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9 December 2019, 11:34 am

How Pranksters Tricked Twitter-Scraping Sites Into Copyright Infringement

How Pranksters Tricked Twitter-Scraping Sites Into Copyright Infringement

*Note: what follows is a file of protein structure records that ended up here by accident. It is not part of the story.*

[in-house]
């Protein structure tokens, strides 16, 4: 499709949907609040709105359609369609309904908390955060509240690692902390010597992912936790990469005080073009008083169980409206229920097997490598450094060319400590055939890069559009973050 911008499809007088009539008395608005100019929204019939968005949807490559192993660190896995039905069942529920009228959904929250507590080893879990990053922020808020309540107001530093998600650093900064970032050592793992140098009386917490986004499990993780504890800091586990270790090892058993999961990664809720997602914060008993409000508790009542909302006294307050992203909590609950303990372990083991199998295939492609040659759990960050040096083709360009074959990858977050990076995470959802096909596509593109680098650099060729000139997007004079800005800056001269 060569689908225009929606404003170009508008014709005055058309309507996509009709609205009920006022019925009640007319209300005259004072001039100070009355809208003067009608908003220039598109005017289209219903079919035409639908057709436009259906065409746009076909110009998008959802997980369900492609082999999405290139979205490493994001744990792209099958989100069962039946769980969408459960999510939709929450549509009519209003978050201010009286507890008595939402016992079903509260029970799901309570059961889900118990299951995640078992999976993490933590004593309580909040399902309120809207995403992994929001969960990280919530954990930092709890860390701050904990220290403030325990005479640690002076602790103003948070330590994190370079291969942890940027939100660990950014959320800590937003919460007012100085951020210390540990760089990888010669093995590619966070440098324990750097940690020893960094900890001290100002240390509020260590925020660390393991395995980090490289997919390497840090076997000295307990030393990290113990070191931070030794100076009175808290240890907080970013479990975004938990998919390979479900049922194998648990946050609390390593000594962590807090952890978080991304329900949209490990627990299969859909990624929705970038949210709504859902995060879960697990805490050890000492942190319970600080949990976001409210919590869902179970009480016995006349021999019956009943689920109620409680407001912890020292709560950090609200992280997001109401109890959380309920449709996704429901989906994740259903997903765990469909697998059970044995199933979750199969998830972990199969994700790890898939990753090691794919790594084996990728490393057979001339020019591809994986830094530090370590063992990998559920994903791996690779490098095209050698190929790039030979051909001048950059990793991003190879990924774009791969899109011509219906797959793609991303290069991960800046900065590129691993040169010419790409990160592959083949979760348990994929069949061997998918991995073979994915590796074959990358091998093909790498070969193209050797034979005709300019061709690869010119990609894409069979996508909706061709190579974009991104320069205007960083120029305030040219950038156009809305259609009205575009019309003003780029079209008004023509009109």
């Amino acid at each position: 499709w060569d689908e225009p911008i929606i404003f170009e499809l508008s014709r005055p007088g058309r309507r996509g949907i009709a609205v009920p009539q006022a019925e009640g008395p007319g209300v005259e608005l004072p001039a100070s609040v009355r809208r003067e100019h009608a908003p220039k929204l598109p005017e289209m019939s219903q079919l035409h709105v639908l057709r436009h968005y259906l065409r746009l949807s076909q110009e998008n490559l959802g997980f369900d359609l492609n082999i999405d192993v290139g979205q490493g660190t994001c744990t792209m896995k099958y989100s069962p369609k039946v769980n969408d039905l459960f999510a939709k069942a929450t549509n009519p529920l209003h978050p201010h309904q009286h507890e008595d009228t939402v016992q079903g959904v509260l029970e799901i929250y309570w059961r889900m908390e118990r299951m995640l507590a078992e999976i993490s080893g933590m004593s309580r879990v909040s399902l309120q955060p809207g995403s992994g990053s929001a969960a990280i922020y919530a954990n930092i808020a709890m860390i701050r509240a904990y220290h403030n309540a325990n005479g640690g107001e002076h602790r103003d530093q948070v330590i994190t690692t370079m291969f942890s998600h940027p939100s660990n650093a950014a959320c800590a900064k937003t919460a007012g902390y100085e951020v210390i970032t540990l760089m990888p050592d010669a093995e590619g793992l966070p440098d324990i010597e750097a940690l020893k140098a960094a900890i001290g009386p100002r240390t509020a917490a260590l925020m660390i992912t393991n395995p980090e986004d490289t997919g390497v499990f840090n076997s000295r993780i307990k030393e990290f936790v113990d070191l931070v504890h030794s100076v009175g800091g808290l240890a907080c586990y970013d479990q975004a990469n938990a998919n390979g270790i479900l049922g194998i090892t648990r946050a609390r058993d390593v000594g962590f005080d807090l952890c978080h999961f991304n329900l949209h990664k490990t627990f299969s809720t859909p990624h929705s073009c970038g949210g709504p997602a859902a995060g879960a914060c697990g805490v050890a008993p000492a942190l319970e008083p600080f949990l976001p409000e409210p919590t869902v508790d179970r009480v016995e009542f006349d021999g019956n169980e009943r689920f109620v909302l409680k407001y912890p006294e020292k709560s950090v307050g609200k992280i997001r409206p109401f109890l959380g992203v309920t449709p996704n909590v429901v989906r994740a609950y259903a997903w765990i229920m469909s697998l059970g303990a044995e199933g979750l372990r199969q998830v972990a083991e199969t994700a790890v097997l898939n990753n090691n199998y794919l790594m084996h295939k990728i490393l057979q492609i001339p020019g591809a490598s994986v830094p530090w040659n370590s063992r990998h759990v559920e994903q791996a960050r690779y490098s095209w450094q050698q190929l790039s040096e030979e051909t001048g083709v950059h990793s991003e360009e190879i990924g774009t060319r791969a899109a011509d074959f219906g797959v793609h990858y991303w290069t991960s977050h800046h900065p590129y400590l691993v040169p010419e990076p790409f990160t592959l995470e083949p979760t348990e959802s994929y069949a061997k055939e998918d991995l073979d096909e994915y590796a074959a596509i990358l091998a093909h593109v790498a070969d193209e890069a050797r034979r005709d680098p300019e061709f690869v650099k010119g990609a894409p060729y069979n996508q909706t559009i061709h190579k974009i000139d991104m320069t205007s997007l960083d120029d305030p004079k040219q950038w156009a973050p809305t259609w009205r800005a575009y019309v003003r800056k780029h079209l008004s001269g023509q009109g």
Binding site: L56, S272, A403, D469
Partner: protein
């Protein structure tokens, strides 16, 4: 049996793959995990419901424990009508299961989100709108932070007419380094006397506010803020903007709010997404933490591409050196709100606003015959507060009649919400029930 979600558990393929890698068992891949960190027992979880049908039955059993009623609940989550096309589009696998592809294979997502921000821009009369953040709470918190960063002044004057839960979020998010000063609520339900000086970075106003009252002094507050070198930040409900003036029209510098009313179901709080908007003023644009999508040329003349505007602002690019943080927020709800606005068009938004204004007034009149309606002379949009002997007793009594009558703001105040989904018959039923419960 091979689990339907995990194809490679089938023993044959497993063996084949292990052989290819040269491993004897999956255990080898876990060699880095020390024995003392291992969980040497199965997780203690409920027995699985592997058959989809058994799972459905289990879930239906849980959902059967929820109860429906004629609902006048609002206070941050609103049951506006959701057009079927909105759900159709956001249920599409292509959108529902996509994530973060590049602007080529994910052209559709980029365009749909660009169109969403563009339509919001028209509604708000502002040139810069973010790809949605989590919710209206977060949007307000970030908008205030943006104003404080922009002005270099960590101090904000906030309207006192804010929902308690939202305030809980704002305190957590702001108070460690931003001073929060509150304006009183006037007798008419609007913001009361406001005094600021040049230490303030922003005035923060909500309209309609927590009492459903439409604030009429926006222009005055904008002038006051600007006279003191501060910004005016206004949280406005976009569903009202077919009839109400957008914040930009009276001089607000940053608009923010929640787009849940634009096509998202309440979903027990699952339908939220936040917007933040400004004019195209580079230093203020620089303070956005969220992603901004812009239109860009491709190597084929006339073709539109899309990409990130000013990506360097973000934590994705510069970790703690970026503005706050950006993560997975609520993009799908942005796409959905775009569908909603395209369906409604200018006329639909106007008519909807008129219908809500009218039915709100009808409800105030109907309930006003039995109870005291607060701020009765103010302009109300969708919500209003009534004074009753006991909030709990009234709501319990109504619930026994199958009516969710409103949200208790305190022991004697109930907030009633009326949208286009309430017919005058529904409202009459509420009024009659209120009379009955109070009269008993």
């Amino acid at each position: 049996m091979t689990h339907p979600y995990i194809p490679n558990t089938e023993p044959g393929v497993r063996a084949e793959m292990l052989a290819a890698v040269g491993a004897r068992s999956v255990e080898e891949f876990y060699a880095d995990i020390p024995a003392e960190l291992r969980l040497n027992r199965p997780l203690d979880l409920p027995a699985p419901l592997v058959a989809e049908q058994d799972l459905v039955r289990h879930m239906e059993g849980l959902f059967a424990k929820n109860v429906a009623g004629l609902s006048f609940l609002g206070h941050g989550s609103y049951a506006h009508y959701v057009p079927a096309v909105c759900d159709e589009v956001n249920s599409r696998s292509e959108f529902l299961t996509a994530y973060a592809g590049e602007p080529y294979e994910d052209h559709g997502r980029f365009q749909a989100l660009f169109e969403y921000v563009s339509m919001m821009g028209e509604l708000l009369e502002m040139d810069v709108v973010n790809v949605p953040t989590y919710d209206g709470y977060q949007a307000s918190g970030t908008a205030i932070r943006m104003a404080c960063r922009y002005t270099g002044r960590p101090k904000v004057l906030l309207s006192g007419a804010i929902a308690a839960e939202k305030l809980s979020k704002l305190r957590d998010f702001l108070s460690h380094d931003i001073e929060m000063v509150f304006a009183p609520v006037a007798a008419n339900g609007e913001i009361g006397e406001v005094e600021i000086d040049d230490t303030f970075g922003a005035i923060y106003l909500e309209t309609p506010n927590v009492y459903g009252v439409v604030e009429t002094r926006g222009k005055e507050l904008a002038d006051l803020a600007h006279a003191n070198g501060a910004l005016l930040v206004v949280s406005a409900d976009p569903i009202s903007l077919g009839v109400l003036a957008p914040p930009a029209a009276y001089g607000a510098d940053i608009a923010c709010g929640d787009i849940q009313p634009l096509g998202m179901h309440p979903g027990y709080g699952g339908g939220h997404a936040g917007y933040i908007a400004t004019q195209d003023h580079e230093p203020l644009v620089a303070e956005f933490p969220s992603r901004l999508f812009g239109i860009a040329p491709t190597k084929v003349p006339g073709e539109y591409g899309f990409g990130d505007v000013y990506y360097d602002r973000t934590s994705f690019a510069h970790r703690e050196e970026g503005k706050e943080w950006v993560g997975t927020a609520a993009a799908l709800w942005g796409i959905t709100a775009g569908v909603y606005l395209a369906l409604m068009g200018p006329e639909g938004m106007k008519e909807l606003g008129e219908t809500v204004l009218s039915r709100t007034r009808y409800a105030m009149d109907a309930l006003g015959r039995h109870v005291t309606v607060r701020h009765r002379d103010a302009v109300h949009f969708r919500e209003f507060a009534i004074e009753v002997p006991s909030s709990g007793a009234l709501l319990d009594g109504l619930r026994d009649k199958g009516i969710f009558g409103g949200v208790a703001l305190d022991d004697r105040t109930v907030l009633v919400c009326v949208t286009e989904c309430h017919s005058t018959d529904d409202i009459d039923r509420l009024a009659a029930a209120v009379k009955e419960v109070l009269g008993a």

An anonymous reader shares a remarkable story from Fortune's Data Sheet newsletter: The story begins on Dec. 3, when an artist going by @Hannahdouken on Twitter posted an image of hand-drawn text reading, "This site sells STOLEN Artwork, do NOT buy from them!" And asked followers to reply that they wanted the image on a shirt. They were testing a theory. For years, artists posting their work online have found the art turned into t-shirts and other merch without permission or compensation. The theory was that this was being done by automated bots that combed Twitter for images with such enthusiastic replies, and then automatically created merch on sites such as Gearbubble, copthistee, and Teeshirtpublic... Sure enough, automated bots picked up @Hannahdouken's image and placed it on t-shirts... They report that other Twitter users then took the stunt even further, including one who "had a theory: See if he could bait the bots into copyright infringement, and just maybe, a pricey lawsuit." So they produced a drawing of a particularly sassy Mickey Mouse with the caption "This is NOT a parody. We committed copyright infringement and want to be sued by Disney." His version of the stunt succeeded spectacularly. First, the bots came out of the woodwork, drawn by hundreds of tweets from people saying they wanted the image on a t-shirt. Then other artists repeated the trick with infringing images including Pikachu, Mario, and the Coca-Cola logo....

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